Given all that, on one hand I think the Ambit3 is probably fine for folks in the outdoors hiking who don’t need fully functional sensor support. But for many triathletes looking for an alternative, I’m afraid until these kinks are worked out it’s going to be hard to really recommend the unit.
Unboxing & Versions:
The Suunto Ambit3 comes in a number of colors/flavors, and two distinct model versions, the Peak and the Sport.
The Peak is the more expensive version that includes a barometric altimeter and longer battery life, whereas the Sport lacks the barometric altimeter and has a reduced battery life. Beyond those two differences and a slight outer shell material change, the units are identical in software functionality and capabilities – thus, they’ll be reviewed as one here. In the rare cases where they differ I note that in that section.
To start, we’ll unbox the Ambit3 Peak, inclusive of the heart rate strap.
The unit includes four basic things inside the box: The manuals, the watch itself, the heart rate strap, and the USB charging/syncing cable:
First up, the heart rate strap. This Bluetooth Smart enabled strap is unique in that it also contains the ability to store and sync historical heart rate data after the fact, both to the Ambit3, but also in the future to the Movescount smart phone app.
The strap pod is slightly smaller than previous straps, and also has a different connector than in the past, which is not compatible with other 3rd party straps:
Next, you’ve got the USB charging cable. This has not differed from the Ambit1 or Ambit2 charging cables. It can be charged with any USB port you’ll find on the planet, as well as to synchronize data from the Ambit3 on either PC or Mac.
Finally, you’ve got the Ambit3 watch itself. This looks nearly identical to the Ambit2 edition, with a few itty bitty cosmetic changes in that the edge of the watch is depressed 1mm instead of popped up 1mm.
Oh, and there’s a red mark at the top, whereas the Ambit2 uses a white mark.
Yup, that’s it. But, since we’re on comparisons, let’s see how it sizes up to other units in its category (and past Ambit units).
Size & Weight Comparisons:
Next we’ll take a crack at the the sizing of the Ambit3. As you can see it’s virtually of identical size to the Ambit2 (and even Ambit1), seen above next to each other (Ambit3 to the left, Ambit2 to the right). They’re rather difficult to tell apart from any distance.
Below, we’ve got the recent Ambit lineup: Ambit3 Peak, Ambit2, Ambit2 S, Ambit2 R:
Here’s how it compares to the Garmin Fenix2, to which it should most often be compared to:
Next, looking at weight, I weighed it in at 87g:
This is in comparison to the Ambit2 (of the same edition) at 89g:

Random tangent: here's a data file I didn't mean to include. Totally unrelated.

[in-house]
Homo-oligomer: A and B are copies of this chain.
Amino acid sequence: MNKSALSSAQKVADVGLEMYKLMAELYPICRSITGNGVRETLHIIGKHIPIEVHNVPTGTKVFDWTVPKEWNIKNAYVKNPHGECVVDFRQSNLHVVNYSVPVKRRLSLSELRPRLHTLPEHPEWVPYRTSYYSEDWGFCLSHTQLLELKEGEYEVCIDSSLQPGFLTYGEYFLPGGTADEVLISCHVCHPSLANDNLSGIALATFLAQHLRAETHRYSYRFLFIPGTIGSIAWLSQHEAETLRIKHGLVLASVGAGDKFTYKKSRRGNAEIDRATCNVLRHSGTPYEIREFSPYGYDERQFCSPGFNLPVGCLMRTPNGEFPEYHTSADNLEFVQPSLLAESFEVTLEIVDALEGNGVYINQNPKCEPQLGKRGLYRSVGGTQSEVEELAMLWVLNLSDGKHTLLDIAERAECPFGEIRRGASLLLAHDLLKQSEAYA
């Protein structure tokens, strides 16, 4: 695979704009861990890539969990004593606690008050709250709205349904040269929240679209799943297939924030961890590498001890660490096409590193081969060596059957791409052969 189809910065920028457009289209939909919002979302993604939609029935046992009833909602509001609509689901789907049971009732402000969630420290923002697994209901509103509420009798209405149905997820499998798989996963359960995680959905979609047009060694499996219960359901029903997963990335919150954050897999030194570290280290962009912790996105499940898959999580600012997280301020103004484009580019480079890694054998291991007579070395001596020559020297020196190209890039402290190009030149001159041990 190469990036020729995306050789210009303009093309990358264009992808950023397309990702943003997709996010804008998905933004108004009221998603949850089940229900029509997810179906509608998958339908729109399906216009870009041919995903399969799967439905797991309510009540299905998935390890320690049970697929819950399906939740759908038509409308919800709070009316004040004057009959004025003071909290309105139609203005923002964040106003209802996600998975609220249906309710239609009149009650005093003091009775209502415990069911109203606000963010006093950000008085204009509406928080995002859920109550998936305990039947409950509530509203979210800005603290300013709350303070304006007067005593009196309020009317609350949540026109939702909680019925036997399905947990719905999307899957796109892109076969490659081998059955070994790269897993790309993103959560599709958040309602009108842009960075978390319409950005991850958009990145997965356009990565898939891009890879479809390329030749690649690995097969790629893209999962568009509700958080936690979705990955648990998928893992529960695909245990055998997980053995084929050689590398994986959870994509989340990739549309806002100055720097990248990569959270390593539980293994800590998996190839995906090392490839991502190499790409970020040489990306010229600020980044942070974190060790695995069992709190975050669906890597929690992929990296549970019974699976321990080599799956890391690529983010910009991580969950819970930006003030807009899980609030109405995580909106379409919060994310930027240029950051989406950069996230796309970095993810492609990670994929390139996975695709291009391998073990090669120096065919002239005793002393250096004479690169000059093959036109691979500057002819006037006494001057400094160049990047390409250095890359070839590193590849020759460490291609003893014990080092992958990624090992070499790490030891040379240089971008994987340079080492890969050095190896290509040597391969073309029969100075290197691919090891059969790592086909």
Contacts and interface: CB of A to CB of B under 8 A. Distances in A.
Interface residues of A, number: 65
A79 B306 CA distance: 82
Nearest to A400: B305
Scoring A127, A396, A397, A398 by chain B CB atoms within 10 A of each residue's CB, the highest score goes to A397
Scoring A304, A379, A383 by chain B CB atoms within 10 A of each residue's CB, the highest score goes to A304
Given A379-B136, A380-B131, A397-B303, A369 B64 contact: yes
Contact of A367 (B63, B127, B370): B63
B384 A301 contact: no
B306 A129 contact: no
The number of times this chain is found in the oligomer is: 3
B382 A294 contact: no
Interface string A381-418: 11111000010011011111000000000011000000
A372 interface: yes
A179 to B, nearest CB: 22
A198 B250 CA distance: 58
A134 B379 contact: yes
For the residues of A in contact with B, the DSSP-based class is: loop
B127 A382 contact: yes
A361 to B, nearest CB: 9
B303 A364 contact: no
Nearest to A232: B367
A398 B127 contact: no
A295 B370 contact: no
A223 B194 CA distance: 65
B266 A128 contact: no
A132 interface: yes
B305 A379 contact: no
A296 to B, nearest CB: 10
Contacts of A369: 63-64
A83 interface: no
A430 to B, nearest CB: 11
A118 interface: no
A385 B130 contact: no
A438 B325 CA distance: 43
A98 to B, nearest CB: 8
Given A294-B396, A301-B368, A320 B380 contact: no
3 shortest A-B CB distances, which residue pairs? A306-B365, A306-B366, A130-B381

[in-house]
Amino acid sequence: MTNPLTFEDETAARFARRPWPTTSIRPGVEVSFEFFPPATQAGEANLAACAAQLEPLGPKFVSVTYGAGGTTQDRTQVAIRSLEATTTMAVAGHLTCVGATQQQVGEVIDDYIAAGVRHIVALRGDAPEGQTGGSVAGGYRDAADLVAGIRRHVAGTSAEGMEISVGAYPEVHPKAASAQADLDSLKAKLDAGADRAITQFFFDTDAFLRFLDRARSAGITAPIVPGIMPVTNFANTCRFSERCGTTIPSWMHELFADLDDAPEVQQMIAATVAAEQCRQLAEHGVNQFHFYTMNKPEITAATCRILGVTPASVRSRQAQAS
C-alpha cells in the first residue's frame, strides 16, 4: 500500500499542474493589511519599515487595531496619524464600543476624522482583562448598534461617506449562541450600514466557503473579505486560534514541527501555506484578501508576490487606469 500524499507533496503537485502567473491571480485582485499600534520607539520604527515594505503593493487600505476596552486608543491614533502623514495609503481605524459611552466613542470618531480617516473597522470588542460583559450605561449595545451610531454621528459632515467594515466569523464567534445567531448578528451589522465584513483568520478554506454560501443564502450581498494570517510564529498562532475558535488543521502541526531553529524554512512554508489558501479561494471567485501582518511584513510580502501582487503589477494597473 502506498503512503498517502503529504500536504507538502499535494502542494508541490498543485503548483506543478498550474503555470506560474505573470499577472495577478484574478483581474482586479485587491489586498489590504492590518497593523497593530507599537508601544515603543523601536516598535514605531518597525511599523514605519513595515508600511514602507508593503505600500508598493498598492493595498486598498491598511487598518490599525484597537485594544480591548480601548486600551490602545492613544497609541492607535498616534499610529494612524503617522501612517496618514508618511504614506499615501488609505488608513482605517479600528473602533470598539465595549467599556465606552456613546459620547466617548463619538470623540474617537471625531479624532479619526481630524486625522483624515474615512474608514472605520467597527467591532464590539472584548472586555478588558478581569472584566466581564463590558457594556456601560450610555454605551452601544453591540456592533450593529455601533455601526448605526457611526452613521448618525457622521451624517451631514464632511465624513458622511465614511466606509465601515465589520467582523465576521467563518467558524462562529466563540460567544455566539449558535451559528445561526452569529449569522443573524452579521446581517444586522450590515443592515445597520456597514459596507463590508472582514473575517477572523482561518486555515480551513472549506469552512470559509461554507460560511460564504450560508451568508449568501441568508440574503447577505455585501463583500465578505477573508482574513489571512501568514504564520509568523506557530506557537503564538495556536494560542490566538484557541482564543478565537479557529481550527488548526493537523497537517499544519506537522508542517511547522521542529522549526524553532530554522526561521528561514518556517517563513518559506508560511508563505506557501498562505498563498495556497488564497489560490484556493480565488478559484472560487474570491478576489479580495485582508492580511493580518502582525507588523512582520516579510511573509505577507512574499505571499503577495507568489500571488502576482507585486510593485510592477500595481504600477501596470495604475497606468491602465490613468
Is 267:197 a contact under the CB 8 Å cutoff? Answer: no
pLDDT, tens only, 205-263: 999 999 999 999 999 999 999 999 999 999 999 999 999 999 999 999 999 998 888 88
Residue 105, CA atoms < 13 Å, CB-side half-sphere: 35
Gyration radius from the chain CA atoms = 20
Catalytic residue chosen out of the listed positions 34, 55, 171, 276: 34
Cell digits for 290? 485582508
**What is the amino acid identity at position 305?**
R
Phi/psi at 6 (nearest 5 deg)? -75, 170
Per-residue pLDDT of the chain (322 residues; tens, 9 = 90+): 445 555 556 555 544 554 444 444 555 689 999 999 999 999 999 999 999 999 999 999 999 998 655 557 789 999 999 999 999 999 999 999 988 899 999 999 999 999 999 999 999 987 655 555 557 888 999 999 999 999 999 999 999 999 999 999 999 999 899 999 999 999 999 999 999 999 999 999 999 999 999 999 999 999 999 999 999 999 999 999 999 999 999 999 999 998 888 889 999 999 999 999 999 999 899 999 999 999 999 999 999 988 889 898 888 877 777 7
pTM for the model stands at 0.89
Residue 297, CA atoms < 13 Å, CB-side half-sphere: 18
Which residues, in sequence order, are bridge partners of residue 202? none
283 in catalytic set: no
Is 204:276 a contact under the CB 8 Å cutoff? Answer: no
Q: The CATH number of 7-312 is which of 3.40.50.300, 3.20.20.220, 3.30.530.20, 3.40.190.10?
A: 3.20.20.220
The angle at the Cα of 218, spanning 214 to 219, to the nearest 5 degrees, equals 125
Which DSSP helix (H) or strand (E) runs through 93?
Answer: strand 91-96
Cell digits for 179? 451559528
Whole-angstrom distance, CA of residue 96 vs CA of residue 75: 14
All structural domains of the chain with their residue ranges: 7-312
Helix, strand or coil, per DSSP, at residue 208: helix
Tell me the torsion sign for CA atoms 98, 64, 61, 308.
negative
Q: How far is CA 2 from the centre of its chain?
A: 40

And the Fenix2 at 86g:
And finally, the Polar V800 at 81g:
Lastly, as noted there are a few different editions/colors of the Ambit3 available, they are as follows:
Peak versions: Black, Sapphire
Sport version: Black, Sapphire, Blue, White
The Sapphire version doesn’t refer to the color, but rather the glass used which is typically stronger. Though, in reality I’ve never heard of anyone breaking/messing up a non-Sapphire Ambit unit’s glass/display. So at a premium of $100 over the Sport for the Sapphire, you best be planning to beat the crap out of the glass.
Here’s a quick image of all the colors. I lack the full Brady Bunch of colors at my disposal, so we’ll have to do with this imagery from Suunto for now:
With that, let’s get onto using it.
Let’s start with one of the easiest sports to track, running. This will give me a chance to also walk through some of the unit’s basics that are common to all sports (like data fields, screens, pausing, etc…).
To begin, you’ll go to start an activity via the upper right Start/Stop button. This will get you into the sport/activity menu, it’s here you’ll pick your sport of choice.
These sports are pre-populated from Movescount online. By default you’ll have all the common ones, but if you want to add other sports you can add up to 10 sports online and have different settings/customizations for each one. You can have sports profiles beyond 10 saved online on Movescount but not enabled in the watch state, in case you need them.
Next, after selecting a sport it’ll start to find any sensors you have paired, so if you have a heart rate strap it’ll start there, along with things like a running footpod or cycling sensors.
Finally, it’ll trigger GPS searching to find satellites. I find that it’s generally quite quick as long as I’ve started back in the same place as before (within 10 seconds or sometimes much less), but I find that when I travel to a new place it’s less quick than some of the other units on the market.